Rally GB: Wizard Wilson hopes success runs in family
Sunday 25 October 2009
When Matthew Wilson was a child he would tear out of his school uniform and head to the workshops behind the family home to see what his dad was doing. It's no wonder he wanted to lend a hand: Malcolm, a champion rally driver, would likely be tinkering with a high-spec Ford Escort. These days it's Matthew in the driving seat, Britain's sole World Rally Championship competitor – and the man aiming to follow legends Colin McRae and Richard Burns to the title.
Today, in the forests and gravel tracks of Wales, Wilson Jnr's fourth season in the WRC draws to a close – some achievement for a 22-year-old. He has shared his father's passion for rallying for so long that he can't pinpoint when he decided it was where his future lay. "It was just all I ever wanted to do," says Matthew in a break from preparing his Ford Focus RS at a remote and chilly airfield.
On paper it looks as though the likeable Cumbrian has had it easy: after just a year at national level he was given a chance on the world stage, driving for the Stobart VK M-Sport Ford team. It was an almost unthinkable promotion, designed to allow the then 19-year-old to learn his trade in the toughest of environments. Take this year's 12-round calendar: from the extremes of Argentina to Finland, he has racked up in excess of 9,000 miles driving on, and between, the stages that make up each event.
"Matthew's had a great opportunity, but he's also been put in a difficult position," says Malcolm. "He is still in a learning process. He's getting invaluable experience finishing the rallies. We've been measuring his progress in terms of seconds per kilometre behind the quickest driver. He's sub-one second per km, which is a big step from only 12 months ago, but the last bit is the hardest."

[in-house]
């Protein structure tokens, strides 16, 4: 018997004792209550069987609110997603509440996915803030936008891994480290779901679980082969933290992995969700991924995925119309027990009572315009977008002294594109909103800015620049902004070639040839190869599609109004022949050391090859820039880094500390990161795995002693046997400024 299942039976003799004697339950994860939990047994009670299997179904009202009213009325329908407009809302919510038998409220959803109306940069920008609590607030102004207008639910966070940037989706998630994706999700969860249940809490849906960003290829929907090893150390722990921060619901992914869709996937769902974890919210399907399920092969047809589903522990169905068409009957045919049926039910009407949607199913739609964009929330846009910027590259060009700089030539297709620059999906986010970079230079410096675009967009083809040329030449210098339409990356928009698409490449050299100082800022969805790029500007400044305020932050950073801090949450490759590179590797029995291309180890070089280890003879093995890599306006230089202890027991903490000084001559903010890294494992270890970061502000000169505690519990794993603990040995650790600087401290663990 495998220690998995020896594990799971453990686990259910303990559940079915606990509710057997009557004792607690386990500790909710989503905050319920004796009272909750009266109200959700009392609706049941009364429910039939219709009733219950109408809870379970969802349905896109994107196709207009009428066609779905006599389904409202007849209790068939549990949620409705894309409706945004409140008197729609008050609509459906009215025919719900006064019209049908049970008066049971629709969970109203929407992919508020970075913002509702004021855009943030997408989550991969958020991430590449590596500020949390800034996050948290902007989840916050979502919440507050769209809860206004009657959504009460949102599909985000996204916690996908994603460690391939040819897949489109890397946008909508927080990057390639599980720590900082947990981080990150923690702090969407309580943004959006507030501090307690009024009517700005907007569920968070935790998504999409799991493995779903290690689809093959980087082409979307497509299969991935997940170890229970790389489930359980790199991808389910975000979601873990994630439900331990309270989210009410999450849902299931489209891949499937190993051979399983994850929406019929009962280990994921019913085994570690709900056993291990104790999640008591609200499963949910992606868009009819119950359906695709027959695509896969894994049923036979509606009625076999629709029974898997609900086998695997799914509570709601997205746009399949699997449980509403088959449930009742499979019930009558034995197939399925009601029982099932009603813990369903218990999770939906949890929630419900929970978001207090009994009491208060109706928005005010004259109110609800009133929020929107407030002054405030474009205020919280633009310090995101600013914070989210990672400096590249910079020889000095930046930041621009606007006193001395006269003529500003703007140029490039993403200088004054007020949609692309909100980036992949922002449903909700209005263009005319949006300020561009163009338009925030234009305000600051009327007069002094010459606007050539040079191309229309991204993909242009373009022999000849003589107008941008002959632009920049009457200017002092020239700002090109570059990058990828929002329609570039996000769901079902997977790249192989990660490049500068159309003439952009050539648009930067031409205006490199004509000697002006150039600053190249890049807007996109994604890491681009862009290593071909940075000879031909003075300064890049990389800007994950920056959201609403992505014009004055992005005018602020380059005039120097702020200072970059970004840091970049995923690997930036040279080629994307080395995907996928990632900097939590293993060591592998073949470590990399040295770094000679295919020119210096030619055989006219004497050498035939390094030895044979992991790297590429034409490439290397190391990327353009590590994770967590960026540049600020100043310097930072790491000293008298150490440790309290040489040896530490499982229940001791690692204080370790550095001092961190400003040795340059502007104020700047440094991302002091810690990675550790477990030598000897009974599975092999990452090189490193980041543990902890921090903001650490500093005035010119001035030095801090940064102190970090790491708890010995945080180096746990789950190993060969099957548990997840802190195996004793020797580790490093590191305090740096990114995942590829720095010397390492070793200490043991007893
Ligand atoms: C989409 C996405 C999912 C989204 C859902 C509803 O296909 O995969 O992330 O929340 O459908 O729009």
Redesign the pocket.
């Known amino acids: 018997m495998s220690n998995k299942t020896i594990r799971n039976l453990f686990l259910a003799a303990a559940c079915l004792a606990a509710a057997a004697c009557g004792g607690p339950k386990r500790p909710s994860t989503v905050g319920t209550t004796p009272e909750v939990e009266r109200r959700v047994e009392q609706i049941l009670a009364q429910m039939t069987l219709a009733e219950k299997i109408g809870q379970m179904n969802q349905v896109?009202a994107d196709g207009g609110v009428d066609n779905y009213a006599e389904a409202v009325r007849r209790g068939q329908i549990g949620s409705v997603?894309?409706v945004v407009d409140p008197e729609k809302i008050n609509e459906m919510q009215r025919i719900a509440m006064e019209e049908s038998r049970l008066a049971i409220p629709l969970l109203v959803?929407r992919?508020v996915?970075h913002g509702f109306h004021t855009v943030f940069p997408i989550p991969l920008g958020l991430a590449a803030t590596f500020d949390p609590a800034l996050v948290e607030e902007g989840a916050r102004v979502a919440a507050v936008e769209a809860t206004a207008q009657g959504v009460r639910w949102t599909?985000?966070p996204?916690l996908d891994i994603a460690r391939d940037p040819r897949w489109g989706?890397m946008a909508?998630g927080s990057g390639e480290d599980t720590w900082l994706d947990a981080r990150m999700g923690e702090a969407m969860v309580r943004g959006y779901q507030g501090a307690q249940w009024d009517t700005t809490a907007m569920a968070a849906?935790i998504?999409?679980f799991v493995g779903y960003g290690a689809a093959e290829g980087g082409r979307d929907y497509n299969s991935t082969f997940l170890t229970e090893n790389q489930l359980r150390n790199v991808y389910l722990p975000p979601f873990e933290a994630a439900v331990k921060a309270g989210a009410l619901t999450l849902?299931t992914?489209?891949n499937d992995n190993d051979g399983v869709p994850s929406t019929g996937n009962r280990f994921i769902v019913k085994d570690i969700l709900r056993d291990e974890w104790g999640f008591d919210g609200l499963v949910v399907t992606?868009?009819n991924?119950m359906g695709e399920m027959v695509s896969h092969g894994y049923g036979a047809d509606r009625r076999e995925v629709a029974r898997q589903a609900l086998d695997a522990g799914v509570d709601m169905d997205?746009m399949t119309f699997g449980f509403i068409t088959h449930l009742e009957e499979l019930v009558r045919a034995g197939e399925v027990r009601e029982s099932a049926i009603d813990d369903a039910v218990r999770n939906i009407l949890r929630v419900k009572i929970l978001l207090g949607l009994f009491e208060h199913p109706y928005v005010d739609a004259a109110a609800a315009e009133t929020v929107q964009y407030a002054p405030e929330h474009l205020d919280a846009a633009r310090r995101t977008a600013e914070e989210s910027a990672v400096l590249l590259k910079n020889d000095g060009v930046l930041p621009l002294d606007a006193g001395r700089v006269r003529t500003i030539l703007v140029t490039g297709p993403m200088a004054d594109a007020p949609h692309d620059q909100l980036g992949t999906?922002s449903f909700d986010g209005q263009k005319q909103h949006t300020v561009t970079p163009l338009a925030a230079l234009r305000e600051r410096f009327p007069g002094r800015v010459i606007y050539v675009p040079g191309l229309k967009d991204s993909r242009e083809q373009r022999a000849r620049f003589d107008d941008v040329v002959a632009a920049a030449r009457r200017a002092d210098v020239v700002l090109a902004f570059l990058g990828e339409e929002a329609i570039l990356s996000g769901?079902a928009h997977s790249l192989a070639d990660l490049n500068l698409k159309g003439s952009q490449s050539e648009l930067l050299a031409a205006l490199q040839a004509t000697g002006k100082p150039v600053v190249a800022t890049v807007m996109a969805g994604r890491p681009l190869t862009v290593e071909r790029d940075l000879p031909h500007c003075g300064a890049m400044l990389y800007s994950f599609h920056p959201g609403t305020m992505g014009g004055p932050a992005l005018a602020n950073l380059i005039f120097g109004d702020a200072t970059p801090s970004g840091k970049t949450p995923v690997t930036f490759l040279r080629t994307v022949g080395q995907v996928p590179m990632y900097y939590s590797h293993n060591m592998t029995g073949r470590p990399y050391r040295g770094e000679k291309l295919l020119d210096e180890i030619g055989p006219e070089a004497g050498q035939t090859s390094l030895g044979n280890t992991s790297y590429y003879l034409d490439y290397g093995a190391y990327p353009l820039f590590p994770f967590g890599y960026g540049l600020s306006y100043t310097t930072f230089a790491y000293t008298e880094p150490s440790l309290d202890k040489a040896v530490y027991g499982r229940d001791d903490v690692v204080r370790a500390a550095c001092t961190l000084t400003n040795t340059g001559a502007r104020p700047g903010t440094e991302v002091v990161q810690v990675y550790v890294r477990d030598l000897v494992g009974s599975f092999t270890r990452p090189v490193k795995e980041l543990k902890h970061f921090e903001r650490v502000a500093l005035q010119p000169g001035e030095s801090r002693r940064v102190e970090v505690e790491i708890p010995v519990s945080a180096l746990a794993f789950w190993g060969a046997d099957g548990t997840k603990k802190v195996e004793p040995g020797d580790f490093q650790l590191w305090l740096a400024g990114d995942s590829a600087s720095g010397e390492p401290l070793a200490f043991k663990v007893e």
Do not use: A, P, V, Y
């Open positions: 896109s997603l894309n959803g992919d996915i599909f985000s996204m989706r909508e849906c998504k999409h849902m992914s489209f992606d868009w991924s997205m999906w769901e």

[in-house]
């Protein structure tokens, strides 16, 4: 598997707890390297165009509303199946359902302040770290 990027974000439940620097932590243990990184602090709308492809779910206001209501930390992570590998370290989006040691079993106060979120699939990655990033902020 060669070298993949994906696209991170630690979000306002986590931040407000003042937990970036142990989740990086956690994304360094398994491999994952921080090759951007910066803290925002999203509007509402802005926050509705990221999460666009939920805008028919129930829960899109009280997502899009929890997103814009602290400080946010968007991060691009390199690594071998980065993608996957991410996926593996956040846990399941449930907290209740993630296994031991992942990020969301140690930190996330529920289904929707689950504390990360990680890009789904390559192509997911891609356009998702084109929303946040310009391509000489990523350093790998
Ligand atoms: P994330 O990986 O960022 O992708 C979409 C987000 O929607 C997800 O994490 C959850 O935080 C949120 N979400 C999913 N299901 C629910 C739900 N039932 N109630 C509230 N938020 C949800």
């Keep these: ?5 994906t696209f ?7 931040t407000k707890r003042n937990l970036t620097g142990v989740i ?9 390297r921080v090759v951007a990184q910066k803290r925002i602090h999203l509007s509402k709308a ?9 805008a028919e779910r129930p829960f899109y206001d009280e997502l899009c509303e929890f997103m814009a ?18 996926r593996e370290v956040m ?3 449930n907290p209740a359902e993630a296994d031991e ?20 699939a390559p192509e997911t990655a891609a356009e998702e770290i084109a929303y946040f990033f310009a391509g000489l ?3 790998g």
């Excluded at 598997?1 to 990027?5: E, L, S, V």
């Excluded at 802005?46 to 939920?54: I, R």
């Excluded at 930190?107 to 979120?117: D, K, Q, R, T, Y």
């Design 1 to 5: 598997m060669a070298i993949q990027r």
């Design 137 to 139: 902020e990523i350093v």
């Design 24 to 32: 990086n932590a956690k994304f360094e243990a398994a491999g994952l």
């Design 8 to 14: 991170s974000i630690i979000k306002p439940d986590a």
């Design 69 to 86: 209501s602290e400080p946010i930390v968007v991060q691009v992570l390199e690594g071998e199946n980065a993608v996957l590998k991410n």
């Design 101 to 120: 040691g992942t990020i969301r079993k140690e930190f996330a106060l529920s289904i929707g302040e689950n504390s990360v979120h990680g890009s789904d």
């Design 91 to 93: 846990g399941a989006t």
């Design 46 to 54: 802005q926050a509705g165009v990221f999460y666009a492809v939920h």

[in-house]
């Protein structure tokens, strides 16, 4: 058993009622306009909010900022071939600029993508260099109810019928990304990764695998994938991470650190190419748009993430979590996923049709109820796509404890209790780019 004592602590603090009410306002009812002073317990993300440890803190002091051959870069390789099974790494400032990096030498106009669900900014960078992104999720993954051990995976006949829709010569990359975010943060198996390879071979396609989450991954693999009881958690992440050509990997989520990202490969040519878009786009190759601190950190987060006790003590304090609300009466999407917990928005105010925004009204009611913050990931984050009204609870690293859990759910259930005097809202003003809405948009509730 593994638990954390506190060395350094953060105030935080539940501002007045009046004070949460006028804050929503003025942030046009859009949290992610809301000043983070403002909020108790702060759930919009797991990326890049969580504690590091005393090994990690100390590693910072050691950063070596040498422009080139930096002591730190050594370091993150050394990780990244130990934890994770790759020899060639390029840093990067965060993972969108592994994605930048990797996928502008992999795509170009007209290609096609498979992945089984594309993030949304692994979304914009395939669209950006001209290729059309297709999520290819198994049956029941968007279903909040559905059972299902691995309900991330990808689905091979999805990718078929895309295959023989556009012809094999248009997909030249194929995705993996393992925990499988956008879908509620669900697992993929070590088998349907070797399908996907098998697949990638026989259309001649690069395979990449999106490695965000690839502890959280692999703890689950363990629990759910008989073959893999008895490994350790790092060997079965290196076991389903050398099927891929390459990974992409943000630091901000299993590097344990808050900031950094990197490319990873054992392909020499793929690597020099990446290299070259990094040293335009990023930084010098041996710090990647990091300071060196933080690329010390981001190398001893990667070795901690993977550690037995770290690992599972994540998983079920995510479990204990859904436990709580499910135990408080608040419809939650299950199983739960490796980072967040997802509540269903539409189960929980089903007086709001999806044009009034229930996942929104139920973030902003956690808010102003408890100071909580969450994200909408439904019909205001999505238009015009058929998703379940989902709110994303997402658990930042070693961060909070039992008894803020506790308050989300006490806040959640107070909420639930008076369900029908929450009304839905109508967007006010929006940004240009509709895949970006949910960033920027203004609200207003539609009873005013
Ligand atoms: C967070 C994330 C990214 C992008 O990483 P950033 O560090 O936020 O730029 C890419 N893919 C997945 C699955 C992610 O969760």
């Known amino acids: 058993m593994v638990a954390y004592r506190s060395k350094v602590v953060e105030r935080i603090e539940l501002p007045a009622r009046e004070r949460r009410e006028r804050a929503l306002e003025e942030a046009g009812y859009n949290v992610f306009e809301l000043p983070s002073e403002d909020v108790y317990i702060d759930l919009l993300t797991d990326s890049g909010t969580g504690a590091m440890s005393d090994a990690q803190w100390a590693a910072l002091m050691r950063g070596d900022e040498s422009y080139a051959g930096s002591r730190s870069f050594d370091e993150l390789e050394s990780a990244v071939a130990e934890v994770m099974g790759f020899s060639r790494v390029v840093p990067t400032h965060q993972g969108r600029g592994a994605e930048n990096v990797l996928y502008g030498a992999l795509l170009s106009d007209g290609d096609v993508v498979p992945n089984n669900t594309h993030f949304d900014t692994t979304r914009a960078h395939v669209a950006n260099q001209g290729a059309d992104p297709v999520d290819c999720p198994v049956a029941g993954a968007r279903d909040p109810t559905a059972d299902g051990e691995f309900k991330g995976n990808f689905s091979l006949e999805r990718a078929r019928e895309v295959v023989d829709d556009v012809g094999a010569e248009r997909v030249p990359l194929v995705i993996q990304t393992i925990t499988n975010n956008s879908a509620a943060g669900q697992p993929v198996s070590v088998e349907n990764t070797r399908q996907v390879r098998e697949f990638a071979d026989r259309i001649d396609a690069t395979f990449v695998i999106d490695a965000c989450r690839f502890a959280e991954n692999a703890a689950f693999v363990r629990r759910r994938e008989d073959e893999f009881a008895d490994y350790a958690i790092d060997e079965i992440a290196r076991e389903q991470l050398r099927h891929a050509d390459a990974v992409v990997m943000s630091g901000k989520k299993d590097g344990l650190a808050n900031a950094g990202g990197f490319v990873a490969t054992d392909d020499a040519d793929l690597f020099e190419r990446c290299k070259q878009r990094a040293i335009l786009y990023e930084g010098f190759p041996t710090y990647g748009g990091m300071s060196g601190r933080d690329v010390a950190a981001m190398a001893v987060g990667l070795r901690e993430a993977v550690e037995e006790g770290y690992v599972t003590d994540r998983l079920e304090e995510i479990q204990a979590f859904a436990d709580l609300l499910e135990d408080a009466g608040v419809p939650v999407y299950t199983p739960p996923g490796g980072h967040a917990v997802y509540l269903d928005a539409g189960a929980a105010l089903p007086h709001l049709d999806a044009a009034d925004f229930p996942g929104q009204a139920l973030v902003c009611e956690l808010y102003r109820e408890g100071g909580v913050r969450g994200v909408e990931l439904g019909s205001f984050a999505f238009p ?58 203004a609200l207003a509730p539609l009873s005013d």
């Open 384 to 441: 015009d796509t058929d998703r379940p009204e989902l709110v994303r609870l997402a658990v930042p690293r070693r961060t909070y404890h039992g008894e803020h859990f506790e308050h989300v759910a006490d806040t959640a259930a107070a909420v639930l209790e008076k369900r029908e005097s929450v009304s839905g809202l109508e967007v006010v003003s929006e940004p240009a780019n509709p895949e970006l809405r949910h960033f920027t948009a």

Scant experience was not the only challenge Matthew faced – there was also the pressure of the nation's thousands of rally fans. "We'd gone from having two British drivers fighting for titles to not having any," says Matthew. "It made it tough. People realised I could not learn overnight, so the pressure eased off a bit, but I'm sure it will come back once I start battling for wins." So can he emulate McRae and Burns one day and win the title? "Definitely."
Matthew has already measured up against one world champion, Lewis Hamilton. In 2003, the pair were team-mates in Formula Renault, a single-seater racing series Wilson used as a stop-gap until he was old enough to get a rally licence. "With circuit racing you can go up and on to F1 – Lewis is 24 and he's a world champion – but it's so different in rallying; you can disappear trying to learn the trade."
In fact, Matthew vanished for several weeks the year after racing alongside Hamilton, when he had a bad accident in the British Rally Championship that left one leg and both arms in plaster. Today, some limbs are still embedded with metal plates. "I was laid up for a long time but I had no doubts about continuing. I just needed to get back in the car as soon as I could. The first time we did a test I felt OK, but we came to the stage where we did a rally and my heart was beating out of my chest. But after five or 10 minutes it was fine."
With support from his family – "what amazed me was my mum; if anyone pushed me, it was her" – he found himself in the WRC less than a year later. The youngest driver to win a WRC stage and score WRC points, Wilson's current tally – 25 points and seventh in the standings – is the best he has yet achieved, and could rise if he reaches his target of fifth place in Wales this afternoon.
Today, the Wilsons' cars are no longer run out of a backyard garage at the family home, but the 115-acre historic Dovenby Hall near Cockermouth in the Lake District.
As director of M-Sport, Malcolm would love to run his son one day. "It's something that's never been done in the history of the World Championship, but he would only get there on results. The next two years are crucial; if he can develop, it would be fantastic to have a British driver in the top end. But that's down to him."
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